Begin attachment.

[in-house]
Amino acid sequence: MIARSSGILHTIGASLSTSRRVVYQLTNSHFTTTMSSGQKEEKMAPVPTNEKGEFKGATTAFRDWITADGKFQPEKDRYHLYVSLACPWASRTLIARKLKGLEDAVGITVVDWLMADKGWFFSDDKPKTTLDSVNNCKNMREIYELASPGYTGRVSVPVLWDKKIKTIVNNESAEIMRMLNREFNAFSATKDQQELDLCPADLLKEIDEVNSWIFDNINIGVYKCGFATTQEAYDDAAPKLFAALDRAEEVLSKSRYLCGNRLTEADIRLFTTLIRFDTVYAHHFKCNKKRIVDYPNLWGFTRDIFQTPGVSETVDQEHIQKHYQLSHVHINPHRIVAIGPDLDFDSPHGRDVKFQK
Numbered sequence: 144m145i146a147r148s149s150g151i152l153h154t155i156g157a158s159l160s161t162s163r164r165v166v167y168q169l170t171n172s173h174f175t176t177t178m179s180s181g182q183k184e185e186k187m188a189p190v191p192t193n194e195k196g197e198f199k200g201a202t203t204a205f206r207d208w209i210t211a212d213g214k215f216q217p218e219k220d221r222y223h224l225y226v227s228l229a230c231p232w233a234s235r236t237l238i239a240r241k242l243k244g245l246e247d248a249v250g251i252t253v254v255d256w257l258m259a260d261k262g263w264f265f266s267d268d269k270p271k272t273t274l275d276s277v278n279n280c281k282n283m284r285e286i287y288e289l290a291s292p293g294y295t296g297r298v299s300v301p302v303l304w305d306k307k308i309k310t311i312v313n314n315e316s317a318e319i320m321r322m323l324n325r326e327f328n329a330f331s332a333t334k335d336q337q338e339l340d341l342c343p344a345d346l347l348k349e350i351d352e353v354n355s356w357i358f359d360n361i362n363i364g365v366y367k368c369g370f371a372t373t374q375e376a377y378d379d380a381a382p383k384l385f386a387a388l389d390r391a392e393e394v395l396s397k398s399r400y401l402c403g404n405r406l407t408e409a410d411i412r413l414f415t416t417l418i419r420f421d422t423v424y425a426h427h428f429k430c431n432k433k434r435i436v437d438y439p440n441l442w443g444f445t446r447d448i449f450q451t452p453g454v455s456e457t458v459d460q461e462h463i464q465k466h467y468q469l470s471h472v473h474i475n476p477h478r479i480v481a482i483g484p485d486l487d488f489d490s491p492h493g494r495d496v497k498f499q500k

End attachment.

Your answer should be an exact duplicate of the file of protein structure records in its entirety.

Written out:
[in-house]
Amino acid sequence: MIARSSGILHTIGASLSTSRRVVYQLTNSHFTTTMSSGQKEEKMAPVPTNEKGEFKGATTAFRDWITADGKFQPEKDRYHLYVSLACPWASRTLIARKLKGLEDAVGITVVDWLMADKGWFFSDDKPKTTLDSVNNCKNMREIYELASPGYTGRVSVPVLWDKKIKTIVNNESAEIMRMLNREFNAFSATKDQQELDLCPADLLKEIDEVNSWIFDNINIGVYKCGFATTQEAYDDAAPKLFAALDRAEEVLSKSRYLCGNRLTEADIRLFTTLIRFDTVYAHHFKCNKKRIVDYPNLWGFTRDIFQTPGVSETVDQEHIQKHYQLSHVHINPHRIVAIGPDLDFDSPHGRDVKFQK
Numbered sequence: 144m145i146a147r148s149s150g151i152l153h154t155i156g157a158s159l160s161t162s163r164r165v166v167y168q169l170t171n172s173h174f175t176t177t178m179s180s181g182q183k184e185e186k187m188a189p190v191p192t193n194e195k196g197e198f199k200g201a202t203t204a205f206r207d208w209i210t211a212d213g214k215f216q217p218e219k220d221r222y223h224l225y226v227s228l229a230c231p232w233a234s235r236t237l238i239a240r241k242l243k244g245l246e247d248a249v250g251i252t253v254v255d256w257l258m259a260d261k262g263w264f265f266s267d268d269k270p271k272t273t274l275d276s277v278n279n280c281k282n283m284r285e286i287y288e289l290a291s292p293g294y295t296g297r298v299s300v301p302v303l304w305d306k307k308i309k310t311i312v313n314n315e316s317a318e319i320m321r322m323l324n325r326e327f328n329a330f331s332a333t334k335d336q337q338e339l340d341l342c343p344a345d346l347l348k349e350i351d352e353v354n355s356w357i358f359d360n361i362n363i364g365v366y367k368c369g370f371a372t373t374q375e376a377y378d379d380a381a382p383k384l385f386a387a388l389d390r391a392e393e394v395l396s397k398s399r400y401l402c403g404n405r406l407t408e409a410d411i412r413l414f415t416t417l418i419r420f421d422t423v424y425a426h427h428f429k430c431n432k433k434r435i436v437d438y439p440n441l442w443g444f445t446r447d448i449f450q451t452p453g454v455s456e457t458v459d460q461e462h463i464q465k466h467y468q469l470s471h472v473h474i475n476p477h478r479i480v481a482i483g484p485d486l487d488f489d490s491p492h493g494r495d496v497k498f499q500k